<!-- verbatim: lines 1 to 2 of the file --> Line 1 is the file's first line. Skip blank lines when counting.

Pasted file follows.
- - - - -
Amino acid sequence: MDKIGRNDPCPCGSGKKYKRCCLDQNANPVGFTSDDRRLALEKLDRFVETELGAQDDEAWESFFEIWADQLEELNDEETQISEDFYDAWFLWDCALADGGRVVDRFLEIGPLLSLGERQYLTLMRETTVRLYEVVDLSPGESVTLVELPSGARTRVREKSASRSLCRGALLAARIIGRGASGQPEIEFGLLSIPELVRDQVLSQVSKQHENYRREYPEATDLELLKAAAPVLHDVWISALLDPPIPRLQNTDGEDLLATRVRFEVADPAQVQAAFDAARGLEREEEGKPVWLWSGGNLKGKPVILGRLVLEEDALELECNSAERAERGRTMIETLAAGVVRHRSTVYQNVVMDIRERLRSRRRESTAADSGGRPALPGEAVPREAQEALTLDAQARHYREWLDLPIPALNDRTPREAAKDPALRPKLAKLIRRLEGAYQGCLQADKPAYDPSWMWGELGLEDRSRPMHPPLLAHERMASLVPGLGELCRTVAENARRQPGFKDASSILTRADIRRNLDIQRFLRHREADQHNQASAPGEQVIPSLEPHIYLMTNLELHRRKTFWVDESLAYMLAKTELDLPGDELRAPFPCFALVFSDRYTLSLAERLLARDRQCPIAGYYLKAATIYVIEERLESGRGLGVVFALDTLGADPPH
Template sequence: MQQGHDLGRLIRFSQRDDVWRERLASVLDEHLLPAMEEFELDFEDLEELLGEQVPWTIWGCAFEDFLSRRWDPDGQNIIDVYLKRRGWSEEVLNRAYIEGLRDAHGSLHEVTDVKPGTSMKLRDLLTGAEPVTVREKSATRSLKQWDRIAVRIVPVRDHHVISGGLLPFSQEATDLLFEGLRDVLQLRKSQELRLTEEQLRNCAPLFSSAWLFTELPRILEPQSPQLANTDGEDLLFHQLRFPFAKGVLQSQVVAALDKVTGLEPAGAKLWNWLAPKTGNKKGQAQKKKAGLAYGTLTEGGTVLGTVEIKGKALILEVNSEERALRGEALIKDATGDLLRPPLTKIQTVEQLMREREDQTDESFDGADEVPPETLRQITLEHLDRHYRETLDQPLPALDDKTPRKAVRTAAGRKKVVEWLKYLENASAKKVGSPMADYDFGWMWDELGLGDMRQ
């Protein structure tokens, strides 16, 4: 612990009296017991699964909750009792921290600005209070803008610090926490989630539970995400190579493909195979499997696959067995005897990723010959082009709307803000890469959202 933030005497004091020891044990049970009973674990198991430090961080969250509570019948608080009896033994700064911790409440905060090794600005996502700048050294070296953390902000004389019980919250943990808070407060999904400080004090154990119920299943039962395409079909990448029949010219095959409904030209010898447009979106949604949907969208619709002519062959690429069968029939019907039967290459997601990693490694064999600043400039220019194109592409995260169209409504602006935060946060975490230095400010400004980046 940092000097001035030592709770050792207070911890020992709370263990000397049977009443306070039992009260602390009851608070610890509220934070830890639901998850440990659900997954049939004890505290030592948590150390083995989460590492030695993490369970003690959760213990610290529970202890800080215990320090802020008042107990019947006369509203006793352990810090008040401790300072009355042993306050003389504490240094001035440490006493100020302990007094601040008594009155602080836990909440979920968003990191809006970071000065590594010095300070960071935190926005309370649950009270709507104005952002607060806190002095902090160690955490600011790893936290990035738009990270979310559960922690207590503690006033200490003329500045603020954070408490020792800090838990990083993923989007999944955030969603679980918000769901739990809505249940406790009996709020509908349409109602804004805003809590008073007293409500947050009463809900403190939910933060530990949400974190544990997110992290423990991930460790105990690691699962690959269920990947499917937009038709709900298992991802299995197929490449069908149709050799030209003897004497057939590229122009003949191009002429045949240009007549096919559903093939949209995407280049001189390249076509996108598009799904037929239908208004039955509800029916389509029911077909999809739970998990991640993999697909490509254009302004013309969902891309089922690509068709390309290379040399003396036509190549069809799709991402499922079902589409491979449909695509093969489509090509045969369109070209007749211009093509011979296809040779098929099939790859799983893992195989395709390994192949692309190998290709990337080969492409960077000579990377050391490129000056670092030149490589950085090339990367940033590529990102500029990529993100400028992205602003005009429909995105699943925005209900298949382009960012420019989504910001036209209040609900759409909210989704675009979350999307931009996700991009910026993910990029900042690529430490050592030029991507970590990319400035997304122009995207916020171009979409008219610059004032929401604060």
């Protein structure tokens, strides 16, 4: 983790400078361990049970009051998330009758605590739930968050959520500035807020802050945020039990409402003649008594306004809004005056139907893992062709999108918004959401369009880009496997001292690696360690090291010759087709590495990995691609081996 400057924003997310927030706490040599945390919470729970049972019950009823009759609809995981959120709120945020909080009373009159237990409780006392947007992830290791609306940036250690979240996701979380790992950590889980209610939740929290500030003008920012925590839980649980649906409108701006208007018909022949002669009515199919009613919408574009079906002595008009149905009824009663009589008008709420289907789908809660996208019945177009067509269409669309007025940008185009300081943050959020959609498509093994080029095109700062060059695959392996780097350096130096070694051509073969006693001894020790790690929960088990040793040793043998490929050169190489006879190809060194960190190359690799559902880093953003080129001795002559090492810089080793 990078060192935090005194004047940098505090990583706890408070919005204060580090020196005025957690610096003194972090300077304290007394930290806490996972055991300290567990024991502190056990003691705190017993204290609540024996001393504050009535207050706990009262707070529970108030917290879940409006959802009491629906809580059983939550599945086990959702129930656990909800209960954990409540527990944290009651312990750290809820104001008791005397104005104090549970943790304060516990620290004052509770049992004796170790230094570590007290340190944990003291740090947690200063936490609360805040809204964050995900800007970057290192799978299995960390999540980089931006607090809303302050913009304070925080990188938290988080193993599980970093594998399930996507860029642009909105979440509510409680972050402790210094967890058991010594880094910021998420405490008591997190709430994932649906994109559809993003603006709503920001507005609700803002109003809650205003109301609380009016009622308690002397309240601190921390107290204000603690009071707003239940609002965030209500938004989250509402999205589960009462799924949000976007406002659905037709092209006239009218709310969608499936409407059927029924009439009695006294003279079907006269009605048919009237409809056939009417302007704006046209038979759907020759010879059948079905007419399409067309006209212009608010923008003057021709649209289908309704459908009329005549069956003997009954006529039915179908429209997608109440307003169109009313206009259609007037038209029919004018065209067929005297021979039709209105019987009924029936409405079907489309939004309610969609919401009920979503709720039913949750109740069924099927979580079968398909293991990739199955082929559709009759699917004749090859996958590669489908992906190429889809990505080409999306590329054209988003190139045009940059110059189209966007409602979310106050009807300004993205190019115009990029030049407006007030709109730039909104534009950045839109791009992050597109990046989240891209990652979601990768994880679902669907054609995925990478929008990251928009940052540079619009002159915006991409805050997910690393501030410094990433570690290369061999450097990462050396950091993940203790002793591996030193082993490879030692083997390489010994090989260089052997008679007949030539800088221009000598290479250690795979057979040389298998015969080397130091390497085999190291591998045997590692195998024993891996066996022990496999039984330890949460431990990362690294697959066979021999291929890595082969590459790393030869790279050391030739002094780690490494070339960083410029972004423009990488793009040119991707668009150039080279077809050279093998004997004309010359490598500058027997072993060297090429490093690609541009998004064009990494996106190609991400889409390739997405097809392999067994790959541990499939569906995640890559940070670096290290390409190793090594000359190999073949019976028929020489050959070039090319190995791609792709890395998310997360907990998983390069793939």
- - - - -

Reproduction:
Amino acid sequence: MDKIGRNDPCPCGSGKKYKRCCLDQNANPVGFTSDDRRLALEKLDRFVETELGAQDDEAWESFFEIWADQLEELNDEETQISEDFYDAWFLWDCALADGGRVVDRFLEIGPLLSLGERQYLTLMRETTVRLYEVVDLSPGESVTLVELPSGARTRVREKSASRSLCRGALLAARIIGRGASGQPEIEFGLLSIPELVRDQVLSQVSKQHENYRREYPEATDLELLKAAAPVLHDVWISALLDPPIPRLQNTDGEDLLATRVRFEVADPAQVQAAFDAARGLEREEEGKPVWLWSGGNLKGKPVILGRLVLEEDALELECNSAERAERGRTMIETLAAGVVRHRSTVYQNVVMDIRERLRSRRRESTAADSGGRPALPGEAVPREAQEALTLDAQARHYREWLDLPIPALNDRTPREAAKDPALRPKLAKLIRRLEGAYQGCLQADKPAYDPSWMWGELGLEDRSRPMHPPLLAHERMASLVPGLGELCRTVAENARRQPGFKDASSILTRADIRRNLDIQRFLRHREADQHNQASAPGEQVIPSLEPHIYLMTNLELHRRKTFWVDESLAYMLAKTELDLPGDELRAPFPCFALVFSDRYTLSLAERLLARDRQCPIAGYYLKAATIYVIEERLESGRGLGVVFALDTLGADPPH
Template sequence: MQQGHDLGRLIRFSQRDDVWRERLASVLDEHLLPAMEEFELDFEDLEELLGEQVPWTIWGCAFEDFLSRRWDPDGQNIIDVYLKRRGWSEEVLNRAYIEGLRDAHGSLHEVTDVKPGTSMKLRDLLTGAEPVTVREKSATRSLKQWDRIAVRIVPVRDHHVISGGLLPFSQEATDLLFEGLRDVLQLRKSQELRLTEEQLRNCAPLFSSAWLFTELPRILEPQSPQLANTDGEDLLFHQLRFPFAKGVLQSQVVAALDKVTGLEPAGAKLWNWLAPKTGNKKGQAQKKKAGLAYGTLTEGGTVLGTVEIKGKALILEVNSEERALRGEALIKDATGDLLRPPLTKIQTVEQLMREREDQTDESFDGADEVPPETLRQITLEHLDRHYRETLDQPLPALDDKTPRKAVRTAAGRKKVVEWLKYLENASAKKVGSPMADYDFGWMWDELGLGDMRQ